• Harvested: many peppers & tomatoes, 1 zucchini

15 August 2014

August 2014 Bloom Day

Garden Bloggers' Bloom Day
What's blooming in the garden on the 15th of the month

Rather than the same ol' same ol' let's present some of the newer items rearing their heads this year. I will throw in a few items that have not been here a while, too. I even put the photos on the X-Large setting for this posting. Today it's about the pictures -- not the story.

The Irish Eyes are smiling. This rudbeckia "Irish Eyes" with the green centers was planted from seed twice in the past two years, but this was the first year anything survived and bloomed. They are growing but blooming sparsely. Let's see if they stick around for next year.

Yes, these are the actual colors. Seed for these mini zinnias were almost tossed out. They were free from the winter seed swap and found in my goodie bag, but I am not fond of mixed colors of anything. I threw the seeds down, and these min-zins popped up. Maybe it's time to reevaluate mixed colors -- I kind of like them.

Aren't you glad? These mini glad corms, (note "mini") were picked up at the winter seed swap, too. The bag was labeled 'orange mini-glads.' I never heard of mini glads. Well, the first one bloomed at 6-inches in height (15 cm), but does it look orange? I am waiting on the others.
The blue never stops ... as long as you deadhead. Bachelor buttons were grown once in the past, but they gave out when the summer heat turned on. These were an experiment to see if they could be kept going into summer. The answer is "Yes," but it is increasingly difficult to deadhead because of the number of blooms.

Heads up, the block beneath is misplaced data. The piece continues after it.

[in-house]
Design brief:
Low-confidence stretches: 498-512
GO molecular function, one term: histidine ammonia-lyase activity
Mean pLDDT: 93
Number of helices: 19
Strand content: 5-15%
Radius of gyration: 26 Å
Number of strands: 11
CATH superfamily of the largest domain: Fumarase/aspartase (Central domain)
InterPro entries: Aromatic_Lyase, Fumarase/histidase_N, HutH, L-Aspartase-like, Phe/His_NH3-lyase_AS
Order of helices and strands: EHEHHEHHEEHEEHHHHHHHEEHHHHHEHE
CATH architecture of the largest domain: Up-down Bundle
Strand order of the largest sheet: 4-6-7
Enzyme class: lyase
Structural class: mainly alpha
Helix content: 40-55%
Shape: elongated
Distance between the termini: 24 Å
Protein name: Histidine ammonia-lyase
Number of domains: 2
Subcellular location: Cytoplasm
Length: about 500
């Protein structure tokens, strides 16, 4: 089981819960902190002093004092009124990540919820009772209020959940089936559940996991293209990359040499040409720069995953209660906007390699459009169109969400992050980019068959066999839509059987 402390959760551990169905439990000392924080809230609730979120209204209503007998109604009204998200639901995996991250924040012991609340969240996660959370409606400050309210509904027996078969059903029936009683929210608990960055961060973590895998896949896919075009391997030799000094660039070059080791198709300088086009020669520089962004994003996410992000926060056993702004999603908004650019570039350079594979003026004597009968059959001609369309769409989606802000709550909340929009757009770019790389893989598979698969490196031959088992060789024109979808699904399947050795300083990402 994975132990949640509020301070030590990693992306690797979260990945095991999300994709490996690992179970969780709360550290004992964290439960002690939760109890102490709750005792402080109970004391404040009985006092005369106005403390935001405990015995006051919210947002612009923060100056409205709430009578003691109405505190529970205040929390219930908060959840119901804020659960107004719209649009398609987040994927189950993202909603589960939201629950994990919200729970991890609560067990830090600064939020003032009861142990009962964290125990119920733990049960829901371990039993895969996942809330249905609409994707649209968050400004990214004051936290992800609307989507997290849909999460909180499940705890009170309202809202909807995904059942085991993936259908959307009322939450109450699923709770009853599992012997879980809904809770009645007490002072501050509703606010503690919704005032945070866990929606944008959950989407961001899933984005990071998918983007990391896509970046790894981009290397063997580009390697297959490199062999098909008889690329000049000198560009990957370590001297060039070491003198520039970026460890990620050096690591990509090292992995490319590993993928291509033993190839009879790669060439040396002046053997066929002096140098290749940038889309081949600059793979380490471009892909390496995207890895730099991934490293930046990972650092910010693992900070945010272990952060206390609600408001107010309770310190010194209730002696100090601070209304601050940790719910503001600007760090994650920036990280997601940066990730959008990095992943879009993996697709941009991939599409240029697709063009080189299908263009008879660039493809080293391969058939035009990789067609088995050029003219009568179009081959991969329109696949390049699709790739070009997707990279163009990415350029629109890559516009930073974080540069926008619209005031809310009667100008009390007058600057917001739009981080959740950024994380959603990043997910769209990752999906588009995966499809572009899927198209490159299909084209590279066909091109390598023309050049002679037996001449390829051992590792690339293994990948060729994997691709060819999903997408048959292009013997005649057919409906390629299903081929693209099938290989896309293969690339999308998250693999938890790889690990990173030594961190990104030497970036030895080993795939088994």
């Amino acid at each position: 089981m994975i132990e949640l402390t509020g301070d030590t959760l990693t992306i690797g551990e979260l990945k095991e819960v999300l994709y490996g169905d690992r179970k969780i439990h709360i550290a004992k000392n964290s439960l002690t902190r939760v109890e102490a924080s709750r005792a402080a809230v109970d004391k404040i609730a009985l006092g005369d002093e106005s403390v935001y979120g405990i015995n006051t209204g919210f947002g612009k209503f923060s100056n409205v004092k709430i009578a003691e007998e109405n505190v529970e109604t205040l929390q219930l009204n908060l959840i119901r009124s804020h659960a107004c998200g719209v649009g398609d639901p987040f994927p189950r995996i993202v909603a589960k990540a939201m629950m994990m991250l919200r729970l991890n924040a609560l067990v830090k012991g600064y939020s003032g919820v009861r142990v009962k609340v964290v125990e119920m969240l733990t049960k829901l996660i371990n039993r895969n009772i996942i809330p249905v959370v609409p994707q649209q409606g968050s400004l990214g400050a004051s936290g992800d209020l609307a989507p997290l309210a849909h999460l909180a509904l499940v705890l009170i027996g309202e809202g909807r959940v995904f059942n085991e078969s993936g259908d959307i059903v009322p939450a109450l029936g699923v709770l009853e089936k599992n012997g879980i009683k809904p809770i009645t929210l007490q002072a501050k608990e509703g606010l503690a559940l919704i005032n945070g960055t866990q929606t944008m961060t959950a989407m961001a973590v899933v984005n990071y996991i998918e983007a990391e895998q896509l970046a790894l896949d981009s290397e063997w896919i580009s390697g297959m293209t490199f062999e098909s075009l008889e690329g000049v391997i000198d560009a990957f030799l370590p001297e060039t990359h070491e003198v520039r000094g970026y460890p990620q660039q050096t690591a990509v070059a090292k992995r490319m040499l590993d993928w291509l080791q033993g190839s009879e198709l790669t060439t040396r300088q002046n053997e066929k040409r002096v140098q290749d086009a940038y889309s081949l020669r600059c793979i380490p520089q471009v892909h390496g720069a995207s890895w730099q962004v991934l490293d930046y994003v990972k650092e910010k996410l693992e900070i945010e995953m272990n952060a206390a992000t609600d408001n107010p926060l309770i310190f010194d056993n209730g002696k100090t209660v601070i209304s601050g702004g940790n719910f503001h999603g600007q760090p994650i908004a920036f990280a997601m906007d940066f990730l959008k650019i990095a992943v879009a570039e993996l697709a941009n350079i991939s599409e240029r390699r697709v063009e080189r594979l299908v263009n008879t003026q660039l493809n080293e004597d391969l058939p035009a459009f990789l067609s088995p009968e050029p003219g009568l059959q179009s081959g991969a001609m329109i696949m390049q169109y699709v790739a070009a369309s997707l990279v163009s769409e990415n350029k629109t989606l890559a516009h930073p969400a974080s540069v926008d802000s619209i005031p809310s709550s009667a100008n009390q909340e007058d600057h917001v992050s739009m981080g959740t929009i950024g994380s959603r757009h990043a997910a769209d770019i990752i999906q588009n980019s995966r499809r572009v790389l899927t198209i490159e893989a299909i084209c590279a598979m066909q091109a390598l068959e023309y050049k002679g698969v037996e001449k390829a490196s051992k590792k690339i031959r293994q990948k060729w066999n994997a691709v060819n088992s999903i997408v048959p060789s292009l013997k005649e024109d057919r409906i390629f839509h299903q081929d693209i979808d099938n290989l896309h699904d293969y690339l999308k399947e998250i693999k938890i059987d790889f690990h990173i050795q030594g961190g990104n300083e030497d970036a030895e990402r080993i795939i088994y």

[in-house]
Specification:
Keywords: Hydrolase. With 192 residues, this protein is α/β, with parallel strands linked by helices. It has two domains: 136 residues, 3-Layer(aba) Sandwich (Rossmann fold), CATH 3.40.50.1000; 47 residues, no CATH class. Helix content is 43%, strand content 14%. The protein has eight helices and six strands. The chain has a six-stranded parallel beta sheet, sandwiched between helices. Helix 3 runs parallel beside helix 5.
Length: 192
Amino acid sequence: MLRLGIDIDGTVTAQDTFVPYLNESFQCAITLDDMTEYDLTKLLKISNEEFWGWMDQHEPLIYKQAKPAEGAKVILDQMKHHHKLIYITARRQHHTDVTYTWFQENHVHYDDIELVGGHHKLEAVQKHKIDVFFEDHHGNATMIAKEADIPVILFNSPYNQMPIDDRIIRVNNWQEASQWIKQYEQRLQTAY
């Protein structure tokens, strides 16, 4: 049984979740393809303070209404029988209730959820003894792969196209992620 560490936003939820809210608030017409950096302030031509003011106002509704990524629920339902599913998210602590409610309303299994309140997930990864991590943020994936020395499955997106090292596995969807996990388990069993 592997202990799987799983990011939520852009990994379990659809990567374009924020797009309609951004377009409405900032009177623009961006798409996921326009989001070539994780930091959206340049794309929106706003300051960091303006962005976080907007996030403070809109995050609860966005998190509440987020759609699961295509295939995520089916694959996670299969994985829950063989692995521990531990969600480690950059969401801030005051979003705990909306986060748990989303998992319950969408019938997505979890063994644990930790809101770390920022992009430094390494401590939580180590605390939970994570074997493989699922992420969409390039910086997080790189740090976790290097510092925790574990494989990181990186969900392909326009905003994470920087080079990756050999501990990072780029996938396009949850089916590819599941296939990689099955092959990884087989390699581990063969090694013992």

I grew these last year in a less hospitable spot. This year, they are thriving in a new location. This cultivar known as "Pinca," has squared off type petals which forced me to break open the wallet. The petals start out pastel yellow, turn deep pink, and than fade to very light pink.

And for the first time in its 8-year history, the unknown daylily is reblooming here in August. Is this a weird summer (to go with the weird winter) or what?

Go ahead and visit other garden bloggers' bloom days at the blog May Dreams Gardens.

06 August 2014

Thomas Jefferson's Chinese Ixia

Belacamda Lily was Belamcanda chinensis until about a year ago. Then botanists started playing with the names of some plants due to newfound genetic knowledge, and presto. The name changed to Iris domestica. Could its leaves actually resemble the irs family?

The seeds hopped into my goodie bag at the annual Seed Swap in February 2012. Here we go again with another free plant from the seed swap or from a neighbor. During the first year, they were sown indoors and transplanted, producing one flower stalk that summer. The next year, (last summer) the plant came back half-heartedly, but did not bloom.

Seeds were also sent to Thomas Jefferson in 1807. He planted them in a Monticello flower garden, and referred to them as 'Chinese Ixia.' Today they are found naturalized around the grounds at Monticello.

This is not a lily but it is from China, central Asia, and India. It was used in some Chinese medicine, but analysis shows it to be mildly toxic. Recent tests on mice indicate a possible benefit in fighting prostate cancers - at least in mice.

My plant from last summer came around this year after surviving the harsh winter. I also planted a few seeds remaining from the 2012 seed swap batch. One germinated and survived without receiving much attention. The two healthy plants started blooming a week ago, so they bloom in their first year.